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Banking and Currency.
BEING A NUMBER OF SELECTED ADDRESSES DELIVERED
FINANCIERS AND ECONOMISTS
With an Introduction by the
of New York
All Rights Reserved
A FEW months ago the editor had occasion to investigate several addresses delivered by prominent bankers and economists, and as an outgrowth of this study he decided to compile a number of the more important and valuable of these into book form, believing such a work to be a significant addition to banking literature. He was further encouraged in this work by the assurance of both bankers and educators that such a compilation would be welcomed as a reference book in connection with studies in banking and currency.
That the bankers' associations of this country have accomplished much that is praiseworthy from an educational view-point remains unquestioned. Their annual conventions have been devoted to the discussion of practical problems as they affect actual conditions. If the
currency question, the trust company controversy, or any other vital topic was confronting the general banking situation, it was sure to receive consideration at some bankers' convention by an able authority, trained through years of experience. As a result we find association proceedings containing many excellent papers treating subjects that standard works on banking have either omitted or inadequately handled.
The addresses contained in this volume cover the period since 1900. The years since that date have been remarkable for several reasons. First, the perennial currency agitation has made several strides, that is, as far as the discussion of the subject is concerned. The controversy over asset currency and branch banking has attained prominence that previously had not been achieved. During the years 1902 and 1903 this contention was at its height, and many practical bankers and students of finance undertook a solution of the question. The lull in the discussion following these two years was only temporary, as the question was revived in 1906, and such organizations as the New York Chamber of Commerce and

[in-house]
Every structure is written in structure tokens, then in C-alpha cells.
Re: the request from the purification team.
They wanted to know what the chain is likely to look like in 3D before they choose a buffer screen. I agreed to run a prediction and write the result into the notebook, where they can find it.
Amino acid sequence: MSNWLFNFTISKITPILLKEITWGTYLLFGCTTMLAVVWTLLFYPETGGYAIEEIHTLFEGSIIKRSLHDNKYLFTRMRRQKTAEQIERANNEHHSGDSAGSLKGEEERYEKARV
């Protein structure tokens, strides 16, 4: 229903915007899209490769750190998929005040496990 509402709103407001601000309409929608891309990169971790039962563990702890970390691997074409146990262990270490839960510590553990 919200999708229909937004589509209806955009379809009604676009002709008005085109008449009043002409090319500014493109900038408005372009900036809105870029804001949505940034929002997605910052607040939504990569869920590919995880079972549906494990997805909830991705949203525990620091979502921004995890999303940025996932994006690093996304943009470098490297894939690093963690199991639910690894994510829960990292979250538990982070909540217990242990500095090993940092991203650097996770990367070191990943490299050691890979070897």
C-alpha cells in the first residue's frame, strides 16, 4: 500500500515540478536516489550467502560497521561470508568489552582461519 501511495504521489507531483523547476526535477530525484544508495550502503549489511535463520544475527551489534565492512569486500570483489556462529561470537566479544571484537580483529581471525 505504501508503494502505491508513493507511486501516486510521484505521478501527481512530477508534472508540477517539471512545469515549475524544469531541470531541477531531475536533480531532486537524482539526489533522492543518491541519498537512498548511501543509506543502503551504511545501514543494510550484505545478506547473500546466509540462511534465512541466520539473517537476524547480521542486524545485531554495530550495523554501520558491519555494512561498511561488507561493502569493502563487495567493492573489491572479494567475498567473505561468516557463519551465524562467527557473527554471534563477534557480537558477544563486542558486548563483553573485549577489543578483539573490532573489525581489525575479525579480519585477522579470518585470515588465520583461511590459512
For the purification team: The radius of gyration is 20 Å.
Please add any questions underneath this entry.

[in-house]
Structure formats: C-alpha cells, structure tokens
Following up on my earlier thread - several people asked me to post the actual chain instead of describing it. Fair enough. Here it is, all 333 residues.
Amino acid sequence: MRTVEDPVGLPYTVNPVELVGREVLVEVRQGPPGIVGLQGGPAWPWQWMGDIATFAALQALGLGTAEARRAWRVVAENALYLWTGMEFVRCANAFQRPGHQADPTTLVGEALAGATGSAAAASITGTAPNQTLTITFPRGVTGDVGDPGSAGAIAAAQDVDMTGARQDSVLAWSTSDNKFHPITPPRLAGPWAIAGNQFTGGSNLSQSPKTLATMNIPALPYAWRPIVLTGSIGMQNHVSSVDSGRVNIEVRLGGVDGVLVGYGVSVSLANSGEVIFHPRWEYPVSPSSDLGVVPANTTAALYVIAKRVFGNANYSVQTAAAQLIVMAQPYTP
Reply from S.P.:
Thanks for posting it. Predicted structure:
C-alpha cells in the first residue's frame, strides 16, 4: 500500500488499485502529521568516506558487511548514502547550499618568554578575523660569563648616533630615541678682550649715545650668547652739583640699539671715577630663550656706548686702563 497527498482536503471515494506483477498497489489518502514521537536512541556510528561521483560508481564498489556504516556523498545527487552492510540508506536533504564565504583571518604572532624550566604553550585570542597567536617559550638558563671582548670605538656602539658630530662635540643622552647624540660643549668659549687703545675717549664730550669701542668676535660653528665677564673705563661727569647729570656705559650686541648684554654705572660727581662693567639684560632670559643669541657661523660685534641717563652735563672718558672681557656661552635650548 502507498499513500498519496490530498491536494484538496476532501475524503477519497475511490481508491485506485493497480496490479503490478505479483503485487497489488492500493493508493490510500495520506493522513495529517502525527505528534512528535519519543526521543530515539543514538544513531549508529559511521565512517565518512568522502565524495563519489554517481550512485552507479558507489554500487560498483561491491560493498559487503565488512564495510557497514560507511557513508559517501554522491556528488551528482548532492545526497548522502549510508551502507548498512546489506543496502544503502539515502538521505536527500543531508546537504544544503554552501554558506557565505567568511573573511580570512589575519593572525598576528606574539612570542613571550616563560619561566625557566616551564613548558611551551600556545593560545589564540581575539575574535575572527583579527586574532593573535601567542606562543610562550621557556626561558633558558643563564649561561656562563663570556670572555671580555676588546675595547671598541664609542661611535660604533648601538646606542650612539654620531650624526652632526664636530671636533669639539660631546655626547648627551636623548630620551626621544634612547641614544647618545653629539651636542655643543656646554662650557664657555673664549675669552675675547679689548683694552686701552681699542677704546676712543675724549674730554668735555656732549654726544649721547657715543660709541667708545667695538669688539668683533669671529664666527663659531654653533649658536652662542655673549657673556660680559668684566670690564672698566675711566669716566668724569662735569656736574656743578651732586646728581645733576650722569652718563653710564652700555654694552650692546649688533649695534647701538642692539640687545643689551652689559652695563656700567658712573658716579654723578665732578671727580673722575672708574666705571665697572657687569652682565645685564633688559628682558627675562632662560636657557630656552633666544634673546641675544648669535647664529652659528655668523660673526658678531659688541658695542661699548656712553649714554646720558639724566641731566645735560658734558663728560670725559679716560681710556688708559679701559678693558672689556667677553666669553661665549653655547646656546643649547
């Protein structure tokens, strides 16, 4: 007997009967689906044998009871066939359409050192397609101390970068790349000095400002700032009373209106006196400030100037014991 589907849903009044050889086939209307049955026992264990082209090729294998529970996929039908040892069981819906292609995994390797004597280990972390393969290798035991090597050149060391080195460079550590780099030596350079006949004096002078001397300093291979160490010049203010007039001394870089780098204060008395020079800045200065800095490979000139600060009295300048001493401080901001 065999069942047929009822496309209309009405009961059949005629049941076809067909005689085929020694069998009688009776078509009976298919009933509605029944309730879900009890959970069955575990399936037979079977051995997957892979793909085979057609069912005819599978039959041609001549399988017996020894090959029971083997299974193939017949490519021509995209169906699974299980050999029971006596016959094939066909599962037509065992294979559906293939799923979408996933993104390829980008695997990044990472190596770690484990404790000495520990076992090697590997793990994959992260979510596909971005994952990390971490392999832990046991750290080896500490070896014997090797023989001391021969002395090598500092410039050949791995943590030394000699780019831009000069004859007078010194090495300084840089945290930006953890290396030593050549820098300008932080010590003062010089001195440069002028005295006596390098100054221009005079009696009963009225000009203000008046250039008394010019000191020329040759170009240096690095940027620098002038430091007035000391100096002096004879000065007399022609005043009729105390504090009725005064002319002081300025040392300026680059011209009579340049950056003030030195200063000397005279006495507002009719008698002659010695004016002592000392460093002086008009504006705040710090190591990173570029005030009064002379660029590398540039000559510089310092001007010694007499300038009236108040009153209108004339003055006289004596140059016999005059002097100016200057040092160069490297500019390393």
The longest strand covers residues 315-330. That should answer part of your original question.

the American Bankers' Association diligently sought a remedy for the monetary evil.
Second, the rise to prominence of the trust company as a factor in finance created considerable discussion both from a positive and negative view-point. With the popularizing of this form of banking naturally came the accompanying problems. Many difficulties that never had menaced the commercial or savings bank were left to the trust company for solution. That this form of banking is here to stay no one now questions. Its advantages are its freedom and magnitude of scope, characteristics not possessed to the same extent by commercial or savings banks.
In selecting the papers to be contained in this volume the editor deemed it prudent in several instances to choose more than one address on the same subject, believing that the reader should be given an opportunity of understanding the various opinions maintained by the leading authorities. Especially is this true of the discussions on elastic currency, branch banking, bank supervision and one or two additional topics. . Questions like the foregoing of vital moment to both the banking interests and the commercial world can be solved only after considerable examination and sifting on the part of capable and experienced men.
It has been a source of deep regret to the editor that the size of the volume limits the number of addresses to be contained herein. There are many papers, carefully prepared, thorough, lucid and specialized on some important topic, that are omitted merely on account of the fact that the volume was severely crowded for space. Some of the papers originally requested for publication have been omitted also for this reason. If, however, there appears a sufficient demand on the part of those interested in this branch of commerce, it is hoped that the conditions will be favorable for the publication of a second volume, by means of which a large mass of valuable material may be brought into accessible form for the banker or student of finance.
The editor is especially indebted for valuable assistance and timely suggestions to Professor Herbert J. Davenport of the University of Chicago and to the Honorable Charles G. Dawes, exComptroller of the Currency and President of the Central Trust Company of Illinois, Chicago. To the Honorable Charles Francis
Phillips of New York City, the editor wishes to acknowledge his thorough appreciation for contributing, in addition to his address, the Introduction. President S. R. Flynn of the National Live Stock Bank of Chicago and Dr. Robert Morris of the University of Chicago were both indulgent in giving aid and encouragement at the time the volume was first contemplated. To the contributors as a body the editor feels deeply indebted for their courtesy and willingness in giving their time and offering ideas that made the compilation of the volume a much easier task.
WALTER HENRY Hull, Editor.